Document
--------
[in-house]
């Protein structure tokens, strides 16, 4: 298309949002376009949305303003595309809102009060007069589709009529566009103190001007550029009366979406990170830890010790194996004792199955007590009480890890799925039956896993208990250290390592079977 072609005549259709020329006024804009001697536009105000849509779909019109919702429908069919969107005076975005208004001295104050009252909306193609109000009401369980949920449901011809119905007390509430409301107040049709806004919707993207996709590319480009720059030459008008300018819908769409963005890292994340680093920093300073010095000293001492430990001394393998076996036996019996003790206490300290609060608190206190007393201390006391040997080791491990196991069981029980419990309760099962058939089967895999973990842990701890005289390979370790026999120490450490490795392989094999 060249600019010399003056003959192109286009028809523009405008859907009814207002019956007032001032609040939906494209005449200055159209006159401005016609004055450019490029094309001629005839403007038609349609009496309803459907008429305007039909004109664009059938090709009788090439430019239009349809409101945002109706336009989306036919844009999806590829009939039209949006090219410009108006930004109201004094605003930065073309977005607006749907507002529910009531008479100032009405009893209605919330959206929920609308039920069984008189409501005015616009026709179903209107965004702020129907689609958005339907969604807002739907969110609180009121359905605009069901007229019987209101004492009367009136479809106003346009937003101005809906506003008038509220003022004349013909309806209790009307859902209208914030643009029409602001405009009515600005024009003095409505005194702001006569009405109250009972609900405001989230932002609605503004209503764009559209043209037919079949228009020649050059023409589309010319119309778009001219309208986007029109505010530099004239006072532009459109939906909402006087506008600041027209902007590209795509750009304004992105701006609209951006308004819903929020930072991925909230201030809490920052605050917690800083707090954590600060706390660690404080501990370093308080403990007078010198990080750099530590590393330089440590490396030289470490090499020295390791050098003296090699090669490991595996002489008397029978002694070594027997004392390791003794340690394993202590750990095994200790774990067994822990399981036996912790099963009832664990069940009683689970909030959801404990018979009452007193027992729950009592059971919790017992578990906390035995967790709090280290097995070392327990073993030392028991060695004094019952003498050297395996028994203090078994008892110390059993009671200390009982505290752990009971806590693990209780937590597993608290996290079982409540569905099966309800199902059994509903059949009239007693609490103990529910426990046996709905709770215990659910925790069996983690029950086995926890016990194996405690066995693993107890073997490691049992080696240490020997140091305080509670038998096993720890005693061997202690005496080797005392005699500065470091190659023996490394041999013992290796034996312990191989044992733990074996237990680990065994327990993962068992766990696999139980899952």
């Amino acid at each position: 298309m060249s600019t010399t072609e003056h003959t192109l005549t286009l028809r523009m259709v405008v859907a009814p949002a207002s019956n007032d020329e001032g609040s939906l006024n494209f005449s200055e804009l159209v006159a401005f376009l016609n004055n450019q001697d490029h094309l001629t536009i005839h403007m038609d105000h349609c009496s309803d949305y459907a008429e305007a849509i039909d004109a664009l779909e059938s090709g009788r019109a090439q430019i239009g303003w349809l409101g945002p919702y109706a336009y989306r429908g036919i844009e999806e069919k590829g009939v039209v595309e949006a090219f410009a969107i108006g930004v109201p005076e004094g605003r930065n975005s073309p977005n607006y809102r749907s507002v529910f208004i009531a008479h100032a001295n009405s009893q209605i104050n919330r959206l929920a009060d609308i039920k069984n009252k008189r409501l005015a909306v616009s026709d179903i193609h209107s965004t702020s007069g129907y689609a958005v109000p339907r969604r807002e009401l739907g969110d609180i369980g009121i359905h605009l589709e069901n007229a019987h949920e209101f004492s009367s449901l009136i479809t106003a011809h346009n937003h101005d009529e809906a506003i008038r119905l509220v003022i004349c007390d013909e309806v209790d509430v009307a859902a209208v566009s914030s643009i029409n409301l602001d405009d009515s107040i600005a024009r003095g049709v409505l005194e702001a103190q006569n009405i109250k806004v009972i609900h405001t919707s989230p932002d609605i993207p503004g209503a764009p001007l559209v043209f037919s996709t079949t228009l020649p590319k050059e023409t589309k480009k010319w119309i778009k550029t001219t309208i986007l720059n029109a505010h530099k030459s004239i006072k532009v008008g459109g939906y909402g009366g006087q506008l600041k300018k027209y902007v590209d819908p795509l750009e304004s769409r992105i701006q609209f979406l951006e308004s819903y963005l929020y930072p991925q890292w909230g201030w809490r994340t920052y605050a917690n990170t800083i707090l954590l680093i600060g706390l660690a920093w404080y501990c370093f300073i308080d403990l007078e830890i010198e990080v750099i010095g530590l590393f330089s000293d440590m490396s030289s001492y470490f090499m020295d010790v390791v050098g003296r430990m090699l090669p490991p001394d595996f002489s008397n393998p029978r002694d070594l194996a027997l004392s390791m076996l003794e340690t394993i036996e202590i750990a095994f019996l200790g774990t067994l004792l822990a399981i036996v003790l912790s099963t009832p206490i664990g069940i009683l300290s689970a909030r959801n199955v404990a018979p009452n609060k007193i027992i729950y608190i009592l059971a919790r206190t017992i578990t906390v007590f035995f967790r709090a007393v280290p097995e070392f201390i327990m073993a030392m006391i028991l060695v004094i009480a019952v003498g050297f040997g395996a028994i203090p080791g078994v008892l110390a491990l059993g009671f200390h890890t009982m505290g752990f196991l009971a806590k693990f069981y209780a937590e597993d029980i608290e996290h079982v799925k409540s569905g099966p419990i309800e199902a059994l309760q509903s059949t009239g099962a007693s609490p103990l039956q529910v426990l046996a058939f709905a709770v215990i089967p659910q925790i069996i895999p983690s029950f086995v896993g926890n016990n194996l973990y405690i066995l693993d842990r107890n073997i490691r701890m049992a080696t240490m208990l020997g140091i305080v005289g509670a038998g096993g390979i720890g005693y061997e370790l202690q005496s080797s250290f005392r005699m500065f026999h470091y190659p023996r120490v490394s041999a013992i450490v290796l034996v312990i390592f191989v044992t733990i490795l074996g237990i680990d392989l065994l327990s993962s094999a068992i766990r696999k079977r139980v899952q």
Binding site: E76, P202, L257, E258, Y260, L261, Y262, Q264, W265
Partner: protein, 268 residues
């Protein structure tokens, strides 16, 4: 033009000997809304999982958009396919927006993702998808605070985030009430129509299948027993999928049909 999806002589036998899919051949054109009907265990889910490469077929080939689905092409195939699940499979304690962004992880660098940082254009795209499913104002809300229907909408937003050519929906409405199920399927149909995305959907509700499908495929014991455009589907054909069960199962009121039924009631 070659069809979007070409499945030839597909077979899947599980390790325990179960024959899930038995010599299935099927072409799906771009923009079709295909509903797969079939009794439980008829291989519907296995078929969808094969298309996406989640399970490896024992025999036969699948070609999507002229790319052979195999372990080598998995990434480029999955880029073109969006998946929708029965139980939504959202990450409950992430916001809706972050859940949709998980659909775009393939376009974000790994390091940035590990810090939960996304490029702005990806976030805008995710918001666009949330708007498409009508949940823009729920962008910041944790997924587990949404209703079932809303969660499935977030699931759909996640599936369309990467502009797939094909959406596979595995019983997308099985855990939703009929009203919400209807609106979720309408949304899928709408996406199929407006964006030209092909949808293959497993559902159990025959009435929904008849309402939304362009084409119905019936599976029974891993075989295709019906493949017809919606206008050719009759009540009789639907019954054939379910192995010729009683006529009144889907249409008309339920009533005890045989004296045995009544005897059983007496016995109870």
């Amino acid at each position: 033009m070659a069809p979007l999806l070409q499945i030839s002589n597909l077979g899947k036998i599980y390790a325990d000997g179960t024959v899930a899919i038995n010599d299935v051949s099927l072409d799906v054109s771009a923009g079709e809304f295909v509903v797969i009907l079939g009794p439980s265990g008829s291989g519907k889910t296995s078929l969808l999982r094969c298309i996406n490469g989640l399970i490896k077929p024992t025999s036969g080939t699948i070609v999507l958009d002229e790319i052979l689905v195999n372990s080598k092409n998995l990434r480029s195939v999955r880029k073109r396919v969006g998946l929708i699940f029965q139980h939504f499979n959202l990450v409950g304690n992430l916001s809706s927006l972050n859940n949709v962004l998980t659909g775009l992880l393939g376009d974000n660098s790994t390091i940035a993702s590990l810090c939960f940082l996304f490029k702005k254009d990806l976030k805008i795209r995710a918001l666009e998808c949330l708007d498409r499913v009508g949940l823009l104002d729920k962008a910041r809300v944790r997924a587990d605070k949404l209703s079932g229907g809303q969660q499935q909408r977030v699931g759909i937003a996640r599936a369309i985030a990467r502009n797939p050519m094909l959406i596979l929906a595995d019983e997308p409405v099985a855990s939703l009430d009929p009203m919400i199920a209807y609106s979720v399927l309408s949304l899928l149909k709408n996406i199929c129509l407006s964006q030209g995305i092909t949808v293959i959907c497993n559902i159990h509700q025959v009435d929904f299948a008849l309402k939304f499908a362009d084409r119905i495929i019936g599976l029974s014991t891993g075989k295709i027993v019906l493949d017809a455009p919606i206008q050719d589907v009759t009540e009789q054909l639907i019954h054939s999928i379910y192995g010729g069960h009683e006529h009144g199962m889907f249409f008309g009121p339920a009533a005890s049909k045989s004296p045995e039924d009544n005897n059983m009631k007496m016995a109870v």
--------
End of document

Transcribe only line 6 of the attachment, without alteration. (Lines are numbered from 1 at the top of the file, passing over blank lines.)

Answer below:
């Protein structure tokens, strides 16, 4: 033009000997809304999982958009396919927006993702998808605070985030009430129509299948027993999928049909 999806002589036998899919051949054109009907265990889910490469077929080939689905092409195939699940499979304690962004992880660098940082254009795209499913104002809300229907909408937003050519929906409405199920399927149909995305959907509700499908495929014991455009589907054909069960199962009121039924009631 070659069809979007070409499945030839597909077979899947599980390790325990179960024959899930038995010599299935099927072409799906771009923009079709295909509903797969079939009794439980008829291989519907296995078929969808094969298309996406989640399970490896024992025999036969699948070609999507002229790319052979195999372990080598998995990434480029999955880029073109969006998946929708029965139980939504959202990450409950992430916001809706972050859940949709998980659909775009393939376009974000790994390091940035590990810090939960996304490029702005990806976030805008995710918001666009949330708007498409009508949940823009729920962008910041944790997924587990949404209703079932809303969660499935977030699931759909996640599936369309990467502009797939094909959406596979595995019983997308099985855990939703009929009203919400209807609106979720309408949304899928709408996406199929407006964006030209092909949808293959497993559902159990025959009435929904008849309402939304362009084409119905019936599976029974891993075989295709019906493949017809919606206008050719009759009540009789639907019954054939379910192995010729009683006529009144889907249409008309339920009533005890045989004296045995009544005897059983007496016995109870």